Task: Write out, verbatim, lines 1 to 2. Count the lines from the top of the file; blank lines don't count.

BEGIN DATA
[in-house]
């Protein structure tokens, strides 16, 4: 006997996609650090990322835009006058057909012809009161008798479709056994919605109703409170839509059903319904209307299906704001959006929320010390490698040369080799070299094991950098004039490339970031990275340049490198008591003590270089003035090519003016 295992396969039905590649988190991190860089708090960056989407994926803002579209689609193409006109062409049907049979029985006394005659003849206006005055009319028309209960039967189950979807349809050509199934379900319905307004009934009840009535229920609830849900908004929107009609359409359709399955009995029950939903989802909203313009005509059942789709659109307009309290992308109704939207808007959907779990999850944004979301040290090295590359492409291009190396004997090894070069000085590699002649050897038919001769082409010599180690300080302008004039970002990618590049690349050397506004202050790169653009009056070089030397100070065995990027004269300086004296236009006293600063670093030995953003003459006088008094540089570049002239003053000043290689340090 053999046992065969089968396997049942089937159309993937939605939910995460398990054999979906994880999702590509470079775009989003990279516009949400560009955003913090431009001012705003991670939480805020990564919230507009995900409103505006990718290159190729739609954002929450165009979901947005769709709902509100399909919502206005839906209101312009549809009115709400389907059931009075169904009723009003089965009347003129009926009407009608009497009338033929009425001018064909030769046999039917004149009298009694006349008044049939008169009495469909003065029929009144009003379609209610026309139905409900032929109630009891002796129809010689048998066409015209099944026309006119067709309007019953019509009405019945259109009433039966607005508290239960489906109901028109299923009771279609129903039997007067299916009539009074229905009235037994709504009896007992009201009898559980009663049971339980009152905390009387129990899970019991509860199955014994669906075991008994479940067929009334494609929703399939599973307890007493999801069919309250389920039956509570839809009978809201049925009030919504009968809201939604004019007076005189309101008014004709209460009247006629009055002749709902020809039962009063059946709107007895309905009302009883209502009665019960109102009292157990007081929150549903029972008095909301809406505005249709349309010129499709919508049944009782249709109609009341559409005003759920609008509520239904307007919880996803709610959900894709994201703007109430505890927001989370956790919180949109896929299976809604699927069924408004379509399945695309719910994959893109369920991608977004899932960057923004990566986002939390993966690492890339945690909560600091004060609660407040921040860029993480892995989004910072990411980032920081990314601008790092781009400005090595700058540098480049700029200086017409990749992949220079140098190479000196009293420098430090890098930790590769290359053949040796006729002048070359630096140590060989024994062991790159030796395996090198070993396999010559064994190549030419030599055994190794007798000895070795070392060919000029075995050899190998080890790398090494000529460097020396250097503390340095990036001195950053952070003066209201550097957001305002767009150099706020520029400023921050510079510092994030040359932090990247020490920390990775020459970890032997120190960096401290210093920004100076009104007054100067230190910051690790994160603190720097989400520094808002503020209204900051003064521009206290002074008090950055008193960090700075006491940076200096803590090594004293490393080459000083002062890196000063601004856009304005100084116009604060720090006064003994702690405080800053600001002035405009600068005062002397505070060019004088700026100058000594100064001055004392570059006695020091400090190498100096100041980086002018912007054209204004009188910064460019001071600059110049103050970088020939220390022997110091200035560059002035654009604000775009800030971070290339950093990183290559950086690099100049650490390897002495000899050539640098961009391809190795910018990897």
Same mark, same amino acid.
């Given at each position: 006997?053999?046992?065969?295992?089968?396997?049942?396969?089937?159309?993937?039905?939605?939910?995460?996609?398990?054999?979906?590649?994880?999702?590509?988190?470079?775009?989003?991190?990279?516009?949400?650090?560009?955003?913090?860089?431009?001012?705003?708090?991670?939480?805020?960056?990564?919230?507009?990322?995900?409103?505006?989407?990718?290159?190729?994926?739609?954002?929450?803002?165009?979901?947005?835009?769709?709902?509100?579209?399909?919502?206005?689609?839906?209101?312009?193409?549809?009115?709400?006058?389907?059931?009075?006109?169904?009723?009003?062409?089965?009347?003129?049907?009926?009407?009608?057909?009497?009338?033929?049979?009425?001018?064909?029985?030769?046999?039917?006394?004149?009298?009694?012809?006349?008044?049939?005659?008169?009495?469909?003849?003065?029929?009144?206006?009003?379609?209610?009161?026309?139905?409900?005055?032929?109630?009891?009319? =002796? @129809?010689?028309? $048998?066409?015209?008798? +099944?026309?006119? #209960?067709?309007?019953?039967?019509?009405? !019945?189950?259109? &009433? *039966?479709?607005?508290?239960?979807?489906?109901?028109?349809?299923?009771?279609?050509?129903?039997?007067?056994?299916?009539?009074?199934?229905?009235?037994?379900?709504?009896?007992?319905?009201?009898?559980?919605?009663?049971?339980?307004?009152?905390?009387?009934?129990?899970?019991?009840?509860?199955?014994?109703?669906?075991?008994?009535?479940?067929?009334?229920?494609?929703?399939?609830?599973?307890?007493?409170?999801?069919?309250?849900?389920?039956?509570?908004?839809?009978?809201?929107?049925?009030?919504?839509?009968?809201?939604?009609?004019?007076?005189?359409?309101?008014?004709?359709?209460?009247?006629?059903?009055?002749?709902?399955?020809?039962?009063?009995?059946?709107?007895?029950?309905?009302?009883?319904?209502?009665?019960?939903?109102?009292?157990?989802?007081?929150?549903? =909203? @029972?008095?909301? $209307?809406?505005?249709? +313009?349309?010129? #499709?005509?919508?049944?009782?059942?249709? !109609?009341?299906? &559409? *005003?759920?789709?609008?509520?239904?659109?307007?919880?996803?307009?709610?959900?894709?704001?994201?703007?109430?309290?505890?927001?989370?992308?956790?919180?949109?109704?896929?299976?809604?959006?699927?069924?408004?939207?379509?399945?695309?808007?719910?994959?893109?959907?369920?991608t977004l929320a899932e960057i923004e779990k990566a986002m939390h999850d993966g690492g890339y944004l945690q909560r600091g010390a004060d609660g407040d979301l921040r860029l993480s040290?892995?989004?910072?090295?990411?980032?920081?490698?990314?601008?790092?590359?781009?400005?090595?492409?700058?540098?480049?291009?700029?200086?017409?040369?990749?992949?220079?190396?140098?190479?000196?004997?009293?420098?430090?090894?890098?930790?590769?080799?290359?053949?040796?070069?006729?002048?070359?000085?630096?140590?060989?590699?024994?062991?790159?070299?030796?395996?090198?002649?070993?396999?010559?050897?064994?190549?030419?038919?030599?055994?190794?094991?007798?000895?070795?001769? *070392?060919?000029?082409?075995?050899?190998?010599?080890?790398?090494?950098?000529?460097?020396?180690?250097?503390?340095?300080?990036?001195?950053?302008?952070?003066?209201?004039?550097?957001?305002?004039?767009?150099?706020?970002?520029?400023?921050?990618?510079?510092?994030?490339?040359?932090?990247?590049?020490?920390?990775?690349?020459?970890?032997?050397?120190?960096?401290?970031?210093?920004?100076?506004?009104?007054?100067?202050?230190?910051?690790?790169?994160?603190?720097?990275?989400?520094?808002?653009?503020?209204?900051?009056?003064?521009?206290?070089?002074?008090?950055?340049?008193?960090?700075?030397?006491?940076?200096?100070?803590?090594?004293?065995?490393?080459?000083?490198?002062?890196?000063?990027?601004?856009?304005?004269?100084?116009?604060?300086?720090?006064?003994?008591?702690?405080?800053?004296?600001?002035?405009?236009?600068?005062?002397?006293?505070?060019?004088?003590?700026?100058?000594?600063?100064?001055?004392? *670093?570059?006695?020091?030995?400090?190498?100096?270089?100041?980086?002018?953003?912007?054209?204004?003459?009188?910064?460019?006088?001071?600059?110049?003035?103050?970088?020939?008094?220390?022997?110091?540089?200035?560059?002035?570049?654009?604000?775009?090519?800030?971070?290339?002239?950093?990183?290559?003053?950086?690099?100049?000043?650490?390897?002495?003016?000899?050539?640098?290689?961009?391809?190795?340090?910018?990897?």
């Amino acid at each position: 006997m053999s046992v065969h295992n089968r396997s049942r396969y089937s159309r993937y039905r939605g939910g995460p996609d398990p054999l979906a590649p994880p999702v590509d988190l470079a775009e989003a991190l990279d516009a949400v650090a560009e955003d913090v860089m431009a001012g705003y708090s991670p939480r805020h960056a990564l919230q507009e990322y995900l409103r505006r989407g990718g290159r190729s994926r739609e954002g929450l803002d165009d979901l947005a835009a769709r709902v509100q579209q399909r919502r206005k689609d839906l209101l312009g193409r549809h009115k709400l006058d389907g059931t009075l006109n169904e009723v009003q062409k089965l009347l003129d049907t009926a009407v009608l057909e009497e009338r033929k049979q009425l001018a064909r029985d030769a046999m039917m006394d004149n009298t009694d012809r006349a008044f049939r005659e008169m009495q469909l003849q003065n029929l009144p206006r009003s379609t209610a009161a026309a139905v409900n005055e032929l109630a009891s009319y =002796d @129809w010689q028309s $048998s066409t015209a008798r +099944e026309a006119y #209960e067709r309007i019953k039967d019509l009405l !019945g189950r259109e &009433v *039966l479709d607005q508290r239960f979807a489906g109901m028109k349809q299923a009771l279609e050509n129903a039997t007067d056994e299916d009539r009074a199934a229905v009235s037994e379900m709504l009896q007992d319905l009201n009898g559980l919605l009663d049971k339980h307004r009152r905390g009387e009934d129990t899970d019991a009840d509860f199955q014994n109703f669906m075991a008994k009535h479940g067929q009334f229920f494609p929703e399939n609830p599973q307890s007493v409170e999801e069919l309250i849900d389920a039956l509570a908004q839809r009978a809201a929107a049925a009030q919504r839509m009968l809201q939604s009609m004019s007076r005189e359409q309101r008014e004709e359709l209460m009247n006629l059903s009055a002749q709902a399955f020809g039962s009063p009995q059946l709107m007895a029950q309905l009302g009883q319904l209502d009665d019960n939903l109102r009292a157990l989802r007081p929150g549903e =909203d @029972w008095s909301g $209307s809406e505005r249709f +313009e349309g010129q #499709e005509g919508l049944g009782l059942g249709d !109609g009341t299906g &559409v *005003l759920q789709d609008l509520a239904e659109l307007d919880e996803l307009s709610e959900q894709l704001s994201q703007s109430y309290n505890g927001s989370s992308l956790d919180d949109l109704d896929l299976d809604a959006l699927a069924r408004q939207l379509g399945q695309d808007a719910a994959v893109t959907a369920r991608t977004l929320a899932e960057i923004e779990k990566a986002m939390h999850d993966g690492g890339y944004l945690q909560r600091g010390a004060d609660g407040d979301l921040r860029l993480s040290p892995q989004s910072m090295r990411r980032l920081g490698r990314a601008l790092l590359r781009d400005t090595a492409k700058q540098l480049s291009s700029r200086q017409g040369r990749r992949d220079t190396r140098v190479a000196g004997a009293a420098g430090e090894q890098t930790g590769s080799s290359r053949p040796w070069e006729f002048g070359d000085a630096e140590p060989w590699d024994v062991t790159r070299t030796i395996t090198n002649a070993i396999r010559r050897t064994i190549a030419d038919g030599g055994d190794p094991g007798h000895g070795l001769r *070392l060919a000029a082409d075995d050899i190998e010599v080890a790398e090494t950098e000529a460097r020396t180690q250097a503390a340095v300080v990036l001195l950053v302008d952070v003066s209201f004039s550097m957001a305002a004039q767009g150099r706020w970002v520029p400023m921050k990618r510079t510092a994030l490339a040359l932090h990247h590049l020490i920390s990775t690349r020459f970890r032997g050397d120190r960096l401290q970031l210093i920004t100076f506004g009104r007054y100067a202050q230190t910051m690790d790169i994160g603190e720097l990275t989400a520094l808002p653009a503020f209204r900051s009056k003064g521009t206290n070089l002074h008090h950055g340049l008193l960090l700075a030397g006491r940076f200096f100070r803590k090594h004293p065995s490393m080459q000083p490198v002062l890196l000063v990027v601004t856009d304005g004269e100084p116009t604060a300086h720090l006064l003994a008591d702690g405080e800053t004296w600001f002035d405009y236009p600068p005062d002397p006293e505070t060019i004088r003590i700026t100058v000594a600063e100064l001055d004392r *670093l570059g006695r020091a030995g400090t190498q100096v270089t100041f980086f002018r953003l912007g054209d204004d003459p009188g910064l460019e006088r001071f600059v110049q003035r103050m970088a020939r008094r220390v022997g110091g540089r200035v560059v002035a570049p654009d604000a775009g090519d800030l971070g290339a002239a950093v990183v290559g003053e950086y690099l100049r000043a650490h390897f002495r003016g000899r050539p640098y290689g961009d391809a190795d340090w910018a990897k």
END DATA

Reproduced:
[in-house]
């Protein structure tokens, strides 16, 4: 006997996609650090990322835009006058057909012809009161008798479709056994919605109703409170839509059903319904209307299906704001959006929320010390490698040369080799070299094991950098004039490339970031990275340049490198008591003590270089003035090519003016 295992396969039905590649988190991190860089708090960056989407994926803002579209689609193409006109062409049907049979029985006394005659003849206006005055009319028309209960039967189950979807349809050509199934379900319905307004009934009840009535229920609830849900908004929107009609359409359709399955009995029950939903989802909203313009005509059942789709659109307009309290992308109704939207808007959907779990999850944004979301040290090295590359492409291009190396004997090894070069000085590699002649050897038919001769082409010599180690300080302008004039970002990618590049690349050397506004202050790169653009009056070089030397100070065995990027004269300086004296236009006293600063670093030995953003003459006088008094540089570049002239003053000043290689340090 053999046992065969089968396997049942089937159309993937939605939910995460398990054999979906994880999702590509470079775009989003990279516009949400560009955003913090431009001012705003991670939480805020990564919230507009995900409103505006990718290159190729739609954002929450165009979901947005769709709902509100399909919502206005839906209101312009549809009115709400389907059931009075169904009723009003089965009347003129009926009407009608009497009338033929009425001018064909030769046999039917004149009298009694006349008044049939008169009495469909003065029929009144009003379609209610026309139905409900032929109630009891002796129809010689048998066409015209099944026309006119067709309007019953019509009405019945259109009433039966607005508290239960489906109901028109299923009771279609129903039997007067299916009539009074229905009235037994709504009896007992009201009898559980009663049971339980009152905390009387129990899970019991509860199955014994669906075991008994479940067929009334494609929703399939599973307890007493999801069919309250389920039956509570839809009978809201049925009030919504009968809201939604004019007076005189309101008014004709209460009247006629009055002749709902020809039962009063059946709107007895309905009302009883209502009665019960109102009292157990007081929150549903029972008095909301809406505005249709349309010129499709919508049944009782249709109609009341559409005003759920609008509520239904307007919880996803709610959900894709994201703007109430505890927001989370956790919180949109896929299976809604699927069924408004379509399945695309719910994959893109369920991608977004899932960057923004990566986002939390993966690492890339945690909560600091004060609660407040921040860029993480892995989004910072990411980032920081990314601008790092781009400005090595700058540098480049700029200086017409990749992949220079140098190479000196009293420098430090890098930790590769290359053949040796006729002048070359630096140590060989024994062991790159030796395996090198070993396999010559064994190549030419030599055994190794007798000895070795070392060919000029075995050899190998080890790398090494000529460097020396250097503390340095990036001195950053952070003066209201550097957001305002767009150099706020520029400023921050510079510092994030040359932090990247020490920390990775020459970890032997120190960096401290210093920004100076009104007054100067230190910051690790994160603190720097989400520094808002503020209204900051003064521009206290002074008090950055008193960090700075006491940076200096803590090594004293490393080459000083002062890196000063601004856009304005100084116009604060720090006064003994702690405080800053600001002035405009600068005062002397505070060019004088700026100058000594100064001055004392570059006695020091400090190498100096100041980086002018912007054209204004009188910064460019001071600059110049103050970088020939220390022997110091200035560059002035654009604000775009800030971070290339950093990183290559950086690099100049650490390897002495000899050539640098961009391809190795910018990897």